If you are interested in blogging or want to promote your book, please contact E. B. Davis at writerswhokill@gmail.com.


Our reason for creating WWK originated as an outlet for our love of reading and writing mystery fiction. We hope you love it, too, and will enjoy our holiday gifts to our readers with original short stories to celebrate the season. Starting on 11/16 stories by Warren Bull, Margaret S. Hamilton, Paula Gail Benson, Linda Rodriguez, KM Rockwood, Gloria Alden, and E. B. Davis will appear every Thursday into the New Year.


Our November Author Interviews: 11/8--Ellen Byron, and 11/15--Sujata Massey. Please join us in welcoming these authors to WWK.


November Saturday Bloggers: 11/4 Margaret S. Hamilton and 11/11 Cheryl Hollon.


Congratulations to our writers for the following publications:

Shari Randall's "Pets" will be included in Chesapeake Crimes: Fur, Feathers, and Felonies anthology, which will be published in 2018. In the same anthology "Rasputin," KM Rockwood's short story, will also be published. Her short story "Goldie" will be published in the Busted anthology, which will be released by Level Best Books on April 25th.


In addition, our prolific KM will have the following shorts published as well: "Making Tracks" in Passport to Murder, Bouchercon anthology, October 2017 and "Turkey Underfoot," just published, will appear in the anthology The Killer Wore Cranberry: a Fifth Course of Chaos.


James M. Jackson's 4th book in the Seamus McCree series, Doubtful Relations, is now available. His novella "Low Tide at Tybee" appears February 7 as part of Lowcountry Crimes: Four Novellas, which is available for order.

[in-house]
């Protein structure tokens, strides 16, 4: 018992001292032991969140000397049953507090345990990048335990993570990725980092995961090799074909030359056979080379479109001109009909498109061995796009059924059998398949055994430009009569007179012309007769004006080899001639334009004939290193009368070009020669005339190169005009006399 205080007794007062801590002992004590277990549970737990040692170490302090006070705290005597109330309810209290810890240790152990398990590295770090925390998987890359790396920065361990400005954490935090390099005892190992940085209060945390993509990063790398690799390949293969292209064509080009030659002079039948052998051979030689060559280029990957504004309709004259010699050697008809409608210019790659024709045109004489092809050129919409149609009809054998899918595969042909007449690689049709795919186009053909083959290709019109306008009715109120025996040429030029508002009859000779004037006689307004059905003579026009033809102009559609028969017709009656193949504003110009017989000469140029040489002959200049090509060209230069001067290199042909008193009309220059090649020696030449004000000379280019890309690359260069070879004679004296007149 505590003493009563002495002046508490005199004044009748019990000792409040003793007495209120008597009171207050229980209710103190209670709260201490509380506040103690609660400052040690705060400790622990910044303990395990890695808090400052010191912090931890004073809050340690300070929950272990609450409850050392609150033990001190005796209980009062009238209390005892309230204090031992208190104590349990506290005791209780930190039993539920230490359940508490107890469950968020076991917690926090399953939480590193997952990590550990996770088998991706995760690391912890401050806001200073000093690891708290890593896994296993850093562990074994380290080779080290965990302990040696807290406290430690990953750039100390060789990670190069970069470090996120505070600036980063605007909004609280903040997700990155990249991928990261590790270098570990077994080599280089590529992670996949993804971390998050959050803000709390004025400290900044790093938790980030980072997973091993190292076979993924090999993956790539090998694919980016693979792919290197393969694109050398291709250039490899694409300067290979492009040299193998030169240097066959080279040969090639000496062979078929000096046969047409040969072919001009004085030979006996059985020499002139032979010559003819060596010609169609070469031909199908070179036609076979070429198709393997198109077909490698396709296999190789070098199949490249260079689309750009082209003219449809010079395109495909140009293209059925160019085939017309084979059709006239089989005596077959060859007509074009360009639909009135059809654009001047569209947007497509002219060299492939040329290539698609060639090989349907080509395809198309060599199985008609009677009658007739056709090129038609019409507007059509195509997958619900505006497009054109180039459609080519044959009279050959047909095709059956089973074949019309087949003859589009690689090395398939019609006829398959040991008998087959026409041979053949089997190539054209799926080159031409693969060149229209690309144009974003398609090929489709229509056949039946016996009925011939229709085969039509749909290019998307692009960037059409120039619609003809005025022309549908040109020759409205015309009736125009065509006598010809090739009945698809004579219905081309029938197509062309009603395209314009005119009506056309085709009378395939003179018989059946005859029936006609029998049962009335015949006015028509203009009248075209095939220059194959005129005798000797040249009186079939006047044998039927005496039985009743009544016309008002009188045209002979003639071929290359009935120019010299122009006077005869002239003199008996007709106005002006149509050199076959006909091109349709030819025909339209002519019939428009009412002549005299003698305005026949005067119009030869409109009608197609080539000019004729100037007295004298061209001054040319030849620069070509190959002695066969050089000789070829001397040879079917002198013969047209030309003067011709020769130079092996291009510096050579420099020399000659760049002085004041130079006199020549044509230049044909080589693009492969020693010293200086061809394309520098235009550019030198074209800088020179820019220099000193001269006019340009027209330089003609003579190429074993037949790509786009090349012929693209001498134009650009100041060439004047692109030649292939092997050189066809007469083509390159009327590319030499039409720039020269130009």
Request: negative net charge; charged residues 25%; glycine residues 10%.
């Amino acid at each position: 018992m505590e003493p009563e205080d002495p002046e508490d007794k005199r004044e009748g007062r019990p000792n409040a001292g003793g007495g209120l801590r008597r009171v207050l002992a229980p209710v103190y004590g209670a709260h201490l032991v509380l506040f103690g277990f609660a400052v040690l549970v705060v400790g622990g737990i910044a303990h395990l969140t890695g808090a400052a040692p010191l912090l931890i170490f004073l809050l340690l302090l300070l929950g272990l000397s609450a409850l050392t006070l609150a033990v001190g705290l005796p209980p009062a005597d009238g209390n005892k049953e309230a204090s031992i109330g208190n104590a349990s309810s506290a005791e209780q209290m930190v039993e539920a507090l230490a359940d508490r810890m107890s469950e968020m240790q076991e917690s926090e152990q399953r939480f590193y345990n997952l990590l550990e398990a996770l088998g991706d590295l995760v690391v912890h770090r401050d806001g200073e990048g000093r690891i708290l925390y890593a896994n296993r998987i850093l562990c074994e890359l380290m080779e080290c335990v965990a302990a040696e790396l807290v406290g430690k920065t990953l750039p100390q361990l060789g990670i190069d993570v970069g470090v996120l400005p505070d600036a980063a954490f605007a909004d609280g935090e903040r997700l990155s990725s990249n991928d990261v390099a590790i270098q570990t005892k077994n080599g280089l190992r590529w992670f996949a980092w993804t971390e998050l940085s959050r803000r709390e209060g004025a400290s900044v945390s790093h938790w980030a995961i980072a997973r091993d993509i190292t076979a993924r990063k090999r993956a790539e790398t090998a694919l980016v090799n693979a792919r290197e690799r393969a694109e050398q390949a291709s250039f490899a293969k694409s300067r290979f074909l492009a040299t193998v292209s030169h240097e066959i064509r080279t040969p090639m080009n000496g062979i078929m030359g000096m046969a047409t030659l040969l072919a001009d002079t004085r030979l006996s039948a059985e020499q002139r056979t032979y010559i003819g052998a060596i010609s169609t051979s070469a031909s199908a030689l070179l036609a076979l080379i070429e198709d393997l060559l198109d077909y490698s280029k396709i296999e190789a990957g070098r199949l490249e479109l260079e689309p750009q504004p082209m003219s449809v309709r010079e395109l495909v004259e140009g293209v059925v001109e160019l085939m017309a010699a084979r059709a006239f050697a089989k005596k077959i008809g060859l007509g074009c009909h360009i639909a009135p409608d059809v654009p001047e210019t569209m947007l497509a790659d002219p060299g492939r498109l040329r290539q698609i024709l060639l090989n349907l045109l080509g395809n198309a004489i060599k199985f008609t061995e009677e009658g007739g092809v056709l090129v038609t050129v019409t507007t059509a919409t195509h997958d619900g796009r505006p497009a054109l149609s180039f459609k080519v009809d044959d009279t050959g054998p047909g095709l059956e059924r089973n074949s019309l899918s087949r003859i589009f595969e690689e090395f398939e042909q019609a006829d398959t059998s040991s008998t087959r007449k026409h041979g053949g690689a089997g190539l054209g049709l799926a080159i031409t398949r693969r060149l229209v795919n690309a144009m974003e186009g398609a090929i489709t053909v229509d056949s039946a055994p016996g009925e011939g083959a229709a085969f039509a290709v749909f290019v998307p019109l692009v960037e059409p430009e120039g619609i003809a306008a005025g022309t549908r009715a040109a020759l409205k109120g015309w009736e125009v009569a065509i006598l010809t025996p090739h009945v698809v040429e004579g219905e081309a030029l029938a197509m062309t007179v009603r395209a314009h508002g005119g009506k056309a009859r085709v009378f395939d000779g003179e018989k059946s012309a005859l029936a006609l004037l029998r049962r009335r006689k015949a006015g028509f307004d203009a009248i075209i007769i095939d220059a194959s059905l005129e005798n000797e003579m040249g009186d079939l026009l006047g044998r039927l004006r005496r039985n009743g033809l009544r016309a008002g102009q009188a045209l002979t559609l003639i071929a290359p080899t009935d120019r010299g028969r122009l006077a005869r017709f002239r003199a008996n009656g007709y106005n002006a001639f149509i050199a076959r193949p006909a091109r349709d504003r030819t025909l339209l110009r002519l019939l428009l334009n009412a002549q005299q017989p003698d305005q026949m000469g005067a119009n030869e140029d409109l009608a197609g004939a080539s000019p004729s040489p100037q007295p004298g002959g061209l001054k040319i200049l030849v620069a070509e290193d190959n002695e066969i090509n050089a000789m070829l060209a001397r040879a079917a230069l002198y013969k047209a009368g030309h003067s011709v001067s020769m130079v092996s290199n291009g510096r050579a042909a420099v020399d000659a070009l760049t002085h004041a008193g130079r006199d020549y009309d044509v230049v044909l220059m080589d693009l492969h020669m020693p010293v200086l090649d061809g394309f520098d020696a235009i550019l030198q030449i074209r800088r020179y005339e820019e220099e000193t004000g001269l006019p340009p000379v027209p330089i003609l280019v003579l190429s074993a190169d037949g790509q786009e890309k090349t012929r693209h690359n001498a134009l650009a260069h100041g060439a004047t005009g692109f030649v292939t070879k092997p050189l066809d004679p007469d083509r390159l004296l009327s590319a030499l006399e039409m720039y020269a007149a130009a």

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Monday, April 18, 2011

Pacing and Timing

A call from my college-attending and bummed-out daughter reminds me of how timing plays in life. She found herself odd woman out at a party. While all of those college students around her coupled, in a crowd, she stood alone. I passed on words of wisdom to her, my own mother’s words resounding in my head, to make her feel better. “Timing is important in life.” Space and time are connected. If your timing is off, you’re in the wrong place, probably doing the wrong thing. Put your focus somewhere else and do something else to see if your timing changes—hopefully for the better. We can’t change time, but we can alter where we are and how we use that time. That’s also good advice in writing novels. If your timing is off, change the setting or the action—timing adjusts.

Timing also changes with a writer’s choice of POV. I often write in third person because I want to show simultaneous events, which I can do by heading a new chapter with a different character’s voice. When the characters finally do meet up in time and space, the reader knows how each of them got to that point in the plot. The characters’ separate fractions add up to a whole, which I think is realistic, given that individuals focus on one aspect, following their own logic and interest. First person POV limits time to that of the main character.

Tension mounts as our protagonist delves deeper into the plot. When the bad guys jeopardize his life, our heroes, the Lone Ranger and Tonto, ride in at the last possible moment and save him. Lassie, another hero, saves Timmy with split-second timing. From the sound of her bark, the bad guys don’t know of her sweet nature as we do. Miss Marple, Holmes, Colombo, Spenser and Hawk, Nancy Drew, and Monk (to name a few) always reveal the murderer, a great way to end a TV show or a book. The formula for Romance books, historically the bestselling category now usurped by mystery, is “Happily Ever After (HEA).” In mystery, Justice Prevails (JP-my newly created acronym) is the usual formula. (Have we given up on love, settling for justice?)

In mystery, the reader anticipates that justice will prevail while watching or reading. That feeling of anticipation, produced by the writer, is what defines pacing. The main character’s (s’) interaction in the plot and its culmination defines timing—in many TV shows and books that karmic split-second timing. HEA or JP is a great way to finish. But like a TV show or in a book series, the formula becomes anticlimactic. For a writer, this is a double-edged sword. We want our readers to believe in our hero and champion our protagonist. But isn’t it all so predictable and boring to write the same ending repetitively?